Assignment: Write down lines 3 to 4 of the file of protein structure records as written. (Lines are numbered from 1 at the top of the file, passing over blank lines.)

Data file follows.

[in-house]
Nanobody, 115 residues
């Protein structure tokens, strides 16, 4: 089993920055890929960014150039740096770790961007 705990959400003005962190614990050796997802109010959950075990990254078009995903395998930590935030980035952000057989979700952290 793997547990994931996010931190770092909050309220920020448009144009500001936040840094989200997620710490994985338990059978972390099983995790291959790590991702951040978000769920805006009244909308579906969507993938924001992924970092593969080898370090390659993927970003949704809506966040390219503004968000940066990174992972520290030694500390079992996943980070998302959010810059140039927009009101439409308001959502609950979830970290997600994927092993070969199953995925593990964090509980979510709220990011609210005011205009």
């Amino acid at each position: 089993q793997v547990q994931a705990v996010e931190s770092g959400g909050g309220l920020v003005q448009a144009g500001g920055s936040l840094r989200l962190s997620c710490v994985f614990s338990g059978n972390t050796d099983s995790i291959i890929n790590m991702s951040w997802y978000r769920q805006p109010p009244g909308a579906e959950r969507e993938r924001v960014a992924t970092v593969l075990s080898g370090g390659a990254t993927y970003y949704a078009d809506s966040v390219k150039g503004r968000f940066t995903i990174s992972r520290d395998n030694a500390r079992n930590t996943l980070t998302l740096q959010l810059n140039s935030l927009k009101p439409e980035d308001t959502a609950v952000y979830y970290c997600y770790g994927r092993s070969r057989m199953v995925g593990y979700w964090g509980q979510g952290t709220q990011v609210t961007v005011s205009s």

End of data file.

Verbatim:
């Protein structure tokens, strides 16, 4: 089993920055890929960014150039740096770790961007 705990959400003005962190614990050796997802109010959950075990990254078009995903395998930590935030980035952000057989979700952290 793997547990994931996010931190770092909050309220920020448009144009500001936040840094989200997620710490994985338990059978972390099983995790291959790590991702951040978000769920805006009244909308579906969507993938924001992924970092593969080898370090390659993927970003949704809506966040390219503004968000940066990174992972520290030694500390079992996943980070998302959010810059140039927009009101439409308001959502609950979830970290997600994927092993070969199953995925593990964090509980979510709220990011609210005011205009």
């Amino acid at each position: 089993q793997v547990q994931a705990v996010e931190s770092g959400g909050g309220l920020v003005q448009a144009g500001g920055s936040l840094r989200l962190s997620c710490v994985f614990s338990g059978n972390t050796d099983s995790i291959i890929n790590m991702s951040w997802y978000r769920q805006p109010p009244g909308a579906e959950r969507e993938r924001v960014a992924t970092v593969l075990s080898g370090g390659a990254t993927y970003y949704a078009d809506s966040v390219k150039g503004r968000f940066t995903i990174s992972r520290d395998n030694a500390r079992n930590t996943l980070t998302l740096q959010l810059n140039s935030l927009k009101p439409e980035d308001t959502a609950v952000y979830y970290c997600y770790g994927r092993s070969r057989m199953v995925g593990y979700w964090g509980q979510g952290t709220q990011v609210t961007v005011s205009s």